Elsecar Heritage Railway runs steam hauled trains and diesel locomotives for members of the public on a regular basis.

Young people graduate from life changing police and fire led course

Eleven young people have successfully graduated from the Prince’s Trust Team Programme having completed a challenging 12 week programme.

South Yorkshire Fire & Rescue (SYFR) and South Yorkshire Police (SYP) teamed up with the Prince’s Trust to deliver the Prince’s Trust Team Programme. Team is a 12 week personal development course for unemployed 16 – 25 year olds, offering work experience, qualifications, practical skills, community projects and a residential week.

The young people have all been thrown out of their comfort zone during the last few weeks, participating in a week-long residential in the Peak District, transforming the Swinton Lock area as part of their community project and learning new skills in individual work placements.

The graduation which was held at Rotherham Town Hall was a celebration of all their hard work and efforts. It was attended by their friends and family as well as local dignitaries.

SYFR Team Leader Rhian Oxley said; “I am so proud of this group, throughout the last 12 weeks they have really strived to achieve their best. Team Programme is about more than simply boosting young people’s employment skills. It gives them hope, confidence and the opportunity to make a difference. We wish them all the luck for their future.”

SYFR Area Manager Steve Helps said: “The last 12 weeks have been about building the confidence of these young people and equipping them with the skills qualifications and experience to find employment and build better lives for themselves. From classes in CV building to work placements we have been able to offer participants crucial skills and insights they otherwise may never have experienced. I am truly proud of the role the fire service has played in helping these young people aspire to a better future.”

SYP Chief Inspector Jenny Lax said; “The team programme is about giving young people confidence and skills to find employment or get back into education. They have to commit to the full 12 weeks, but in return they meet new friends, boost their confidence and take part in work experience and a residential trip. Well done to everybody that has graduated from this latest programme, and if anybody is thinking about joining up to the next one, go for it you won’t regret it!’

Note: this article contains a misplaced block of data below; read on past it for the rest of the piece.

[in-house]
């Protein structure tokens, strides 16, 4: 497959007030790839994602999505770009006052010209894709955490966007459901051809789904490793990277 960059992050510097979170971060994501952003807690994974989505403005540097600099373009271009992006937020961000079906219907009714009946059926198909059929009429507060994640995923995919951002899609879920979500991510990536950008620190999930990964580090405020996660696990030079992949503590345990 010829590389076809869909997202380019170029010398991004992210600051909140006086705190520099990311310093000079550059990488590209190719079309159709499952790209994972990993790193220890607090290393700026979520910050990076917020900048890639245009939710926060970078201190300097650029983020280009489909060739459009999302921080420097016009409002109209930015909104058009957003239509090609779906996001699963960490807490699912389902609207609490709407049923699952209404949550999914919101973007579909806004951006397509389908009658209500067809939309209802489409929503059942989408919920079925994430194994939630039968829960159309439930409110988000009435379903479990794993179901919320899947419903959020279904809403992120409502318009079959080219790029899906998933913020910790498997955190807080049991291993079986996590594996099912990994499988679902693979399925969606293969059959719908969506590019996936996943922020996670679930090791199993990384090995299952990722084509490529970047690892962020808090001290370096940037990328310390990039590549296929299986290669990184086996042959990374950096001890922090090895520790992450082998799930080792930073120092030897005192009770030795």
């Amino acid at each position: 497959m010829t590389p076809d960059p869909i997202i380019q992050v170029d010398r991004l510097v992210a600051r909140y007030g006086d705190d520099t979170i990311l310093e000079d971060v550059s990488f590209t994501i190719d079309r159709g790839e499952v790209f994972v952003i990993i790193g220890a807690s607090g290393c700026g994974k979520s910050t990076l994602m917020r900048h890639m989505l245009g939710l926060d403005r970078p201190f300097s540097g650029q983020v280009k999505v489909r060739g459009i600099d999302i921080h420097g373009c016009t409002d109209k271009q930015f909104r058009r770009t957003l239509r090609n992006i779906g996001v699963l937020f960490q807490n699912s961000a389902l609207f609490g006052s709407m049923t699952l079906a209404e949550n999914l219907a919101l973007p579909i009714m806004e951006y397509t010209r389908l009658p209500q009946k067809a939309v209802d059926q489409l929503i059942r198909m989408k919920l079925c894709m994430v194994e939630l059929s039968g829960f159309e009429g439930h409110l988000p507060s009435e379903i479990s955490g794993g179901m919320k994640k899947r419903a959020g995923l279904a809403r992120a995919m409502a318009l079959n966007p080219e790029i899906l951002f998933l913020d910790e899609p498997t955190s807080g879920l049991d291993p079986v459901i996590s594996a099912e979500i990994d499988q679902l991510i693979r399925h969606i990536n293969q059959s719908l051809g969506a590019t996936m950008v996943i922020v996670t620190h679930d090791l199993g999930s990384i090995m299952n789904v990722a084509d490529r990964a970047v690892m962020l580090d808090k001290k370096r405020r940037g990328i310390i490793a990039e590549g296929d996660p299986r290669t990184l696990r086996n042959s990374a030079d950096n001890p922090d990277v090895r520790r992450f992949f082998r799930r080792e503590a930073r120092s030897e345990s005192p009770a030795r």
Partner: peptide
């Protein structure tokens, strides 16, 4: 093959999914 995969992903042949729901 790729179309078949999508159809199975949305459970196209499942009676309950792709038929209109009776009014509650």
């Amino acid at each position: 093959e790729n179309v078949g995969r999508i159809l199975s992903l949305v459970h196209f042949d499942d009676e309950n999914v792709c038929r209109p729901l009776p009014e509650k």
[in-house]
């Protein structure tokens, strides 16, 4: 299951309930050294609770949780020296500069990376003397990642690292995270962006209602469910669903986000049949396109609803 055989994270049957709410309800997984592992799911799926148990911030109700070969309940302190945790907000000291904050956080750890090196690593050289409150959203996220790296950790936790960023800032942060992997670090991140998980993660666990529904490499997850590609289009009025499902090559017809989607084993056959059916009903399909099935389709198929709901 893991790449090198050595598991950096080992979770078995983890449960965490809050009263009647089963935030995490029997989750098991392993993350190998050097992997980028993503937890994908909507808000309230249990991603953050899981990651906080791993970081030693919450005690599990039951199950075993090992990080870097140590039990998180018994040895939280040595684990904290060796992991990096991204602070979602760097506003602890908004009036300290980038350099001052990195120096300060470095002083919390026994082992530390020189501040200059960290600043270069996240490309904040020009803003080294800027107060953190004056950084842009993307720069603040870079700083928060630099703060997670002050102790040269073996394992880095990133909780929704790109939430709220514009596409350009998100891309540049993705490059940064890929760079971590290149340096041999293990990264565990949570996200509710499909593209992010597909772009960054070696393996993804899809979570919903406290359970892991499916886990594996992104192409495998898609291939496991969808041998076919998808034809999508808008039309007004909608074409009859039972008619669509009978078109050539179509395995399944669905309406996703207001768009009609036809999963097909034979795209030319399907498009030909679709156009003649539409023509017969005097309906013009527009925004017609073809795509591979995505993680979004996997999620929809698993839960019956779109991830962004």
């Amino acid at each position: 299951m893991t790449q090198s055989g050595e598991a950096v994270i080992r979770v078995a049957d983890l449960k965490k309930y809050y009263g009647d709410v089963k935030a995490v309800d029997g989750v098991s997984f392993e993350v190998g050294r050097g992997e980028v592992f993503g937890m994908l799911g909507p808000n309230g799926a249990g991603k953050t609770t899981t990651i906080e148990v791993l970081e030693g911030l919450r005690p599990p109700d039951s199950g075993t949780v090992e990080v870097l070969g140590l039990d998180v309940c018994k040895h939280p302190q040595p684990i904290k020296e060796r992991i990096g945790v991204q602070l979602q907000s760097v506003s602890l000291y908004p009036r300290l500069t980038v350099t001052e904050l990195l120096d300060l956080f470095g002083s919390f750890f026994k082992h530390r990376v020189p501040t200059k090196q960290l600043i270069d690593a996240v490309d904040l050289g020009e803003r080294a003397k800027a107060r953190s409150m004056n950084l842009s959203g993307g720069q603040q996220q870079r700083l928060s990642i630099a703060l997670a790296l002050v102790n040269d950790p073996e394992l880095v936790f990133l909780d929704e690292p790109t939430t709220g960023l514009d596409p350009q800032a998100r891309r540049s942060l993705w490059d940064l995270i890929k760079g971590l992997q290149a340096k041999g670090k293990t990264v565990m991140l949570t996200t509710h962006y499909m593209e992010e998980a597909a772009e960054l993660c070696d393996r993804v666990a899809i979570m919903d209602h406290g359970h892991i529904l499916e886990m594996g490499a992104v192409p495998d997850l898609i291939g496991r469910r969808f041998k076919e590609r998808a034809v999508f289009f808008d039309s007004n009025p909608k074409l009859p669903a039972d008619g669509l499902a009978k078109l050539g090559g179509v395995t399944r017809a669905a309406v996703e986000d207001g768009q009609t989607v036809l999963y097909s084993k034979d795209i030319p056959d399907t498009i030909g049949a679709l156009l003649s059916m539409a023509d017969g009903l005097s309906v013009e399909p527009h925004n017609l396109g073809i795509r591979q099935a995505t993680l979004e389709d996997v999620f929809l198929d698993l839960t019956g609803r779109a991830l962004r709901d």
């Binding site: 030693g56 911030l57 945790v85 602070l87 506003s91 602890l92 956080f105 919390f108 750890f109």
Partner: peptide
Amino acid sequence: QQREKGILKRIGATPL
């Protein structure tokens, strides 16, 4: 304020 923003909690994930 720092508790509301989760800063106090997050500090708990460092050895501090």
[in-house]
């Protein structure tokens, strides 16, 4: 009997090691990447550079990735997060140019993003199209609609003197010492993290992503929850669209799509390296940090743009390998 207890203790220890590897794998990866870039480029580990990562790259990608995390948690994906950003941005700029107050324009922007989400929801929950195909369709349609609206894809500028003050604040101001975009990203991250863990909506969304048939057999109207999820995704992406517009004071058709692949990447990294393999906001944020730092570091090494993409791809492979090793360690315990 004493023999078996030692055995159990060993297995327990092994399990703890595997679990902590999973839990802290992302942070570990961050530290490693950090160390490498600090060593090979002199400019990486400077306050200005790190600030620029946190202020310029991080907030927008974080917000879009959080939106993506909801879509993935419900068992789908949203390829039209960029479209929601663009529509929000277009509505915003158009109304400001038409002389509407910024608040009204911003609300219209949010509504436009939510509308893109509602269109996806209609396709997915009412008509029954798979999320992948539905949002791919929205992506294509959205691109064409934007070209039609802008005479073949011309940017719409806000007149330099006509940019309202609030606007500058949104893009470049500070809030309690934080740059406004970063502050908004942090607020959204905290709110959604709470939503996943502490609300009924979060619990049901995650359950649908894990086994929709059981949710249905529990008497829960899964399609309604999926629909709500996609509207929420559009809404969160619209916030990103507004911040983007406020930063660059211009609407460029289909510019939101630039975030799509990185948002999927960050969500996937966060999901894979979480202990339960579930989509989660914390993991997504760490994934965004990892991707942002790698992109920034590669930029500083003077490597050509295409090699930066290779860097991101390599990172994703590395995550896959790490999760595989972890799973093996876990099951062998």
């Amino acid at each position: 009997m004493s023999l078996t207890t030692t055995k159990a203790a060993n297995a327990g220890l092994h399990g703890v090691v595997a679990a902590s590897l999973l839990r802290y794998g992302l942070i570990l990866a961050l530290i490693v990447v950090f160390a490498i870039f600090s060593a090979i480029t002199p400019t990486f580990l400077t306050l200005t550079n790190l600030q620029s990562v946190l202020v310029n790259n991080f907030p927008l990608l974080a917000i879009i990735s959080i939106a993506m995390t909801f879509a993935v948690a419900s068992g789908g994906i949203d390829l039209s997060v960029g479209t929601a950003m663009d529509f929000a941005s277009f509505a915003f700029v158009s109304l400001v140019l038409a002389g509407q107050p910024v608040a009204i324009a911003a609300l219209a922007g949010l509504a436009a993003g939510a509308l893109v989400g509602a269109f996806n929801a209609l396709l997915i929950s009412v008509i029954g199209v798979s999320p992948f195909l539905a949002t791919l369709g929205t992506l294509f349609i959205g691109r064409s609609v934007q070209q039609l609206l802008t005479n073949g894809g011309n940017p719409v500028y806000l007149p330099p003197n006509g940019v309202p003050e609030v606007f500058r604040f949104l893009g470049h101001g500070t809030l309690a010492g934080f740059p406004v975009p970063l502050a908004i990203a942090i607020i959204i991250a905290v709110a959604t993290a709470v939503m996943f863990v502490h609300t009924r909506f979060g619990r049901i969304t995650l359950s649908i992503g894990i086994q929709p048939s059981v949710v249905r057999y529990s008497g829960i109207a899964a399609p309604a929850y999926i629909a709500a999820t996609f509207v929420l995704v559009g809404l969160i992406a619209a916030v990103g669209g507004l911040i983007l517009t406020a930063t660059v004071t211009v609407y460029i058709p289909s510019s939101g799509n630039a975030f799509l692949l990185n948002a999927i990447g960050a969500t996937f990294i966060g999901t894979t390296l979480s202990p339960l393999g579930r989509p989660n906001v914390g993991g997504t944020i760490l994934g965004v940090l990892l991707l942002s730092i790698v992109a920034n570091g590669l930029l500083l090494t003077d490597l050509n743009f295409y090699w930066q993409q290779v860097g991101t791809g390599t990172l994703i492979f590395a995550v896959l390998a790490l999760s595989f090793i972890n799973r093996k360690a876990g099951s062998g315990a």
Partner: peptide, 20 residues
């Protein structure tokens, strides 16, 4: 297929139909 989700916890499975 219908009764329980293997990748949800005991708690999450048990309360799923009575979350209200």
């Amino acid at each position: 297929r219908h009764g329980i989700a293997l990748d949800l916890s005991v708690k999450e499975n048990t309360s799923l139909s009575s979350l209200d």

Would you like to be part of the next Team Programme?  We are now recruiting for the Sheffield and Barnsley programmes, to be part of the Team or for further details contact the team leaders John Daley on 07769 887249 or Rhian Oxley on 07919 565122 or email princestrust@syfire.gov.uk

South Yorkshire Fire & Rescue scoop double award win

Staff members of South Yorkshire Fire & Rescue are celebrating after picking up two awards at the Cutlers’ Company Police and Fire Service annual awards.

The fire service received both the individual and group awards in recognition of exemplary service for the second year running. 

Watch Manager Nicola Hobbs won the individual prize for her involvement and impact on the diverse communities of South Yorkshire, going above and beyond her role. She has been instrumental in supporting the Fire Cadet programme throughout the seven cadet branches in South Yorkshire and has been heavily involved with the Prince’s Trust and the Cutlers Better Learners, Better Workers programme. Nicola donated her £250 cash prize to Sheena Amos Youth Trust.

Community Fire Safety Officers and the High Risk Coordination Team took home the group award for their service to the people of South Yorkshire. The team fits tens of thousands of smoke alarms each year, helping to reduce the number of accidental dwelling fires in the homes of some of the most vulnerable people in society. They donated their £250 cash prize to Barnsley Animal Rescue.

Deputy Chief Fire Officer, Martin Blunden said: “These award wins are a great achievement for the fire service and provide well deserved recognition for the hard and varied work our staff do to keep the public of South Yorkshire safe.” 

The awards, which took place in the Cutlers’ Hall, Sheffield, were presented by the Master Cutler, Richard Edwards.